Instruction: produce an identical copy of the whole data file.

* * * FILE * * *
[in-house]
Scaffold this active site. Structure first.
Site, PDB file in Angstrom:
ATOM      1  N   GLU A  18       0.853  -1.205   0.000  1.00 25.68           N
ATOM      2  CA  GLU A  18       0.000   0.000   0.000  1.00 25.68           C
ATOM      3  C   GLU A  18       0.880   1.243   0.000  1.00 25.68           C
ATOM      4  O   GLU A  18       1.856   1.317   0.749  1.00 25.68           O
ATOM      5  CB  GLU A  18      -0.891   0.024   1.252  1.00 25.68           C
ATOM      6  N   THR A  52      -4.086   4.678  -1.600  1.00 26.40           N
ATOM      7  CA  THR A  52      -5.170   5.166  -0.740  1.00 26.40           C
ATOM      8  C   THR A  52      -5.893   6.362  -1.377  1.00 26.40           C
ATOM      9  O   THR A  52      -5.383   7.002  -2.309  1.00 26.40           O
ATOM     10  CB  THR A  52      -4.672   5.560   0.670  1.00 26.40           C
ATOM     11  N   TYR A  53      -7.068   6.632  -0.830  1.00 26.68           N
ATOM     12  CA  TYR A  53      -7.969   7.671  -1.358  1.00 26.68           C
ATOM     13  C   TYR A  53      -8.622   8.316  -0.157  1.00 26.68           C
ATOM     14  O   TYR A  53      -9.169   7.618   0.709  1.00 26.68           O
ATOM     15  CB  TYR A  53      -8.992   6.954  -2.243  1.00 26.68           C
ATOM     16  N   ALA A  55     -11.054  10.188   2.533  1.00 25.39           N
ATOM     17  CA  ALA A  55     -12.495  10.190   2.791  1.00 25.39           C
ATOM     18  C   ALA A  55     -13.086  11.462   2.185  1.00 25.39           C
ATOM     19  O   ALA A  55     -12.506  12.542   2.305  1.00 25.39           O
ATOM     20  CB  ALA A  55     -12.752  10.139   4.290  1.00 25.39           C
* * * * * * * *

[in-house]
Scaffold this active site. Structure first.
Site, PDB file in Angstrom:
ATOM      1  N   GLU A  18       0.853  -1.205   0.000  1.00 25.68           N
ATOM      2  CA  GLU A  18       0.000   0.000   0.000  1.00 25.68           C
ATOM      3  C   GLU A  18       0.880   1.243   0.000  1.00 25.68           C
ATOM      4  O   GLU A  18       1.856   1.317   0.749  1.00 25.68           O
ATOM      5  CB  GLU A  18      -0.891   0.024   1.252  1.00 25.68           C
ATOM      6  N   THR A  52      -4.086   4.678  -1.600  1.00 26.40           N
ATOM      7  CA  THR A  52      -5.170   5.166  -0.740  1.00 26.40           C
ATOM      8  C   THR A  52      -5.893   6.362  -1.377  1.00 26.40           C
ATOM      9  O   THR A  52      -5.383   7.002  -2.309  1.00 26.40           O
ATOM     10  CB  THR A  52      -4.672   5.560   0.670  1.00 26.40           C
ATOM     11  N   TYR A  53      -7.068   6.632  -0.830  1.00 26.68           N
ATOM     12  CA  TYR A  53      -7.969   7.671  -1.358  1.00 26.68           C
ATOM     13  C   TYR A  53      -8.622   8.316  -0.157  1.00 26.68           C
ATOM     14  O   TYR A  53      -9.169   7.618   0.709  1.00 26.68           O
ATOM     15  CB  TYR A  53      -8.992   6.954  -2.243  1.00 26.68           C
ATOM     16  N   ALA A  55     -11.054  10.188   2.533  1.00 25.39           N
ATOM     17  CA  ALA A  55     -12.495  10.190   2.791  1.00 25.39           C
ATOM     18  C   ALA A  55     -13.086  11.462   2.185  1.00 25.39           C
ATOM     19  O   ALA A  55     -12.506  12.542   2.305  1.00 25.39           O
ATOM     20  CB  ALA A  55     -12.752  10.139   4.290  1.00 25.39           C